Yoho National Park is a true wonder. “Yoho” is the Cree word for “awe,” an apt description for a park that features 28 peaks at more than 3,000m/9,843ft. In addition to incredible mountain peaks, Yoho National Park is also home to: Takakkaw Falls, one of Canada’s highest waterfalls, with a free fall of 254m/833ft; hoodoos, a geological formation of glacial debris exposed by erosion; Spiral Tunnels that were cut through the park’s mountains during railroad development; and the Natural Bridge carved out by the force of Kicking Horse River. High above Yoho’s Emerald Lake is the 505-million-year-old Burgess Shale fossil deposit. Burgess Shale is one of the most significant deposits of Cambrian-age, soft body marine organisms in the world. In summer, Yoho National Park offers a variety of great outdoor activities, including hiking, backpacking, camping, mountain biking, rafting, and fishing. In winter, cross-country skiing, snowshoeing, and ice climbing are available. Wilderness and wildlife viewing is amazing year-round.
Neil Bousquet commented:
Hmmmm – no contest really – it’s Waterton Lakes National Park…It’s one of Alberta’s – dare I say Canada’s crown jewels – pristine – virtually unspoiled – World Heritage Site – union with nature – spectacular views 360 – Waterton Wildflower Festival – Waterton Wildlife Festival – mountain biking – camping – hiking to Montana & back – photographers/painters paradise – kayaking – canoeing – lake cruise to USA & back – fantabulous food & lodging in Waterton – You can do a lot or you can do nothing but fill your lungs with the crisp, clean air of a real Rocky Mountain paradise. My fav is still walking in Waterton among the deer who keep one eye on the grass and one eye on you – a friendly reminder that you are the visitor.
Shelly S commented:
I have been there many times and plan on going back many more – Haida Gwaii is absolutely magical and amazing. Should be on every Canadians bucket list
J.R. McConvey commented:
As someone who’s seen my fair share of awesome national parks, I’m dying to see Auyuittuq in Nunavut. Any park that boasts peaks named Mount Thor, Mount Asgard and Mount Overlord — not to mention the opportunity to skip back and forth across the Arctic Circle — is a definite winner.
Philippe H commented:
Personally I’ve always wanted to do a huge tour of the maritime provinces, including Quebec and Newfoundland/Labrador. The way I have it planned out in my head is like this:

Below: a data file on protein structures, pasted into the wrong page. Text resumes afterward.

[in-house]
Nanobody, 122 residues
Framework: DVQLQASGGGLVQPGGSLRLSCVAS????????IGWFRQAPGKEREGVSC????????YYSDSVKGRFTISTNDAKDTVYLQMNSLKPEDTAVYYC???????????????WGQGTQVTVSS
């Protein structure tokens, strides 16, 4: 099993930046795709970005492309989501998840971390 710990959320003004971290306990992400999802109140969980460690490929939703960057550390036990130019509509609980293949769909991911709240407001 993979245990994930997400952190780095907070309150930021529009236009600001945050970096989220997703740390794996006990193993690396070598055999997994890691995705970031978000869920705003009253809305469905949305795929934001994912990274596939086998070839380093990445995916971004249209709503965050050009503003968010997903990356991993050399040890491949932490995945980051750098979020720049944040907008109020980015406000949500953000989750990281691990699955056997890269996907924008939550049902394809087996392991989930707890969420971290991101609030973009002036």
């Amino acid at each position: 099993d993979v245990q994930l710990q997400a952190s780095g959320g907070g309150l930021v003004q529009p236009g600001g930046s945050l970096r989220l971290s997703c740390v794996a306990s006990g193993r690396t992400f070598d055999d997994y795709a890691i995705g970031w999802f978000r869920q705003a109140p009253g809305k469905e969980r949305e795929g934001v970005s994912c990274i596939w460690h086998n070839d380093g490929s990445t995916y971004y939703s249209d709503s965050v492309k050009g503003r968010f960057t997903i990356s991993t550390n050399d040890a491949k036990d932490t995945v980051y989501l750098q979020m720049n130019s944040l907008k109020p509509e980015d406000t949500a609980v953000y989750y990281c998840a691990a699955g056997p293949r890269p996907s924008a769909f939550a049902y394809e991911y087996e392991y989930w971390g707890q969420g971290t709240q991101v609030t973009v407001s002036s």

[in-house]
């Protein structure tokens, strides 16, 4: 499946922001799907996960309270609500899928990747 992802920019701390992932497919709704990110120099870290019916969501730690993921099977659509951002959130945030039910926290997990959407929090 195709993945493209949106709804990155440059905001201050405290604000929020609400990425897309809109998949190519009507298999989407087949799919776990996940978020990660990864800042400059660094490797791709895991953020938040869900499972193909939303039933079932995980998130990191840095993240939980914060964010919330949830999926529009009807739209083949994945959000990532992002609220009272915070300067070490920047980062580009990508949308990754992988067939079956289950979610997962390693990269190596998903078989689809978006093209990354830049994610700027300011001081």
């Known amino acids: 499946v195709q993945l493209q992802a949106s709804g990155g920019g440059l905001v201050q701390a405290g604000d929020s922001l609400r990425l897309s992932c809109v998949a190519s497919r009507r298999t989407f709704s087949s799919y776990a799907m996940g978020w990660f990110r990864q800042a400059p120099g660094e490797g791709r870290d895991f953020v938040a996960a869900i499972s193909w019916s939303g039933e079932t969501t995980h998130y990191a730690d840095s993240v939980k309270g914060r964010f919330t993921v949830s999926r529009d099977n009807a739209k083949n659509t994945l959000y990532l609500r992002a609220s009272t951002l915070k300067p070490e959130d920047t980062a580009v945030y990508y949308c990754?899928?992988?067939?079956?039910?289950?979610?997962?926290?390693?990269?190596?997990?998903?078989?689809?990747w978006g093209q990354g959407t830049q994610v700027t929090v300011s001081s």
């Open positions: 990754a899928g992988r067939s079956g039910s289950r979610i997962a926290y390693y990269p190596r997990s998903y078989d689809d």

Go from the Niagara region up into Quebec, possibly hitting up parks like Thousand Islands and Bon Echo along the way. Once we’re in Quebec, take a few days to explore the interior and visit places like “Parc Nationale de la Mauricie”, “Haute-Gorge de la Riviere Malbaie” and “Parc de la Jacques Cartier”. Once I reach Havre Saint Pierre, I’ll take a ferry onto Anticosti island and stay on the island for a few days to explore. Once that’s over, I’ll head towards Newfoundland and Labrador.
I don’t itend on spending too much time in Labrador, but I do intend to spend a WHOLE lot of time in Newfoundland. I’ve been to all of the east coast provinces of Canada with the exception of Newfoundland/Labrador, so I want to take in as much as possible. There I’ll be visiting Gros Morne as the main attraction, as well as stopping by L’anse aux meadows. I’ll continue on down towards the Avalon peninsula and most likely stop by Terra Nova, as well as any provincial parks I see along the way.
When I reach St. Johns I’ll take a ferry into Cape Breton island and revisit the Cape Breton Highlands once again. Can’t get enough of that Cabot trail! From there I start my trip back home, stopping to see Fundy national park and Forillion along the way.
I really want to do this trip someday. In fact, there are many trips across Canada that I’d love to do, but the Maritime provinces in my opinion are amongst the most beautiful places in Canada, in both scenery and culture.
Philippe H commented:
aaaah, how could I forget this!
When I’m in Havre Saint Pierre, if my finances allow me, I’d visit The Mingan Archipelagos, for sure. Such a bizarre landscape, I can’t afford to miss it.
toque & canoe commented:
Congrats to Philippe! We loved your comment. A package from Parks Canada will be in the mail shortly. Thanks to everyone else for participating and for all of your great suggestions. It was a tough call. Keep those comments coming.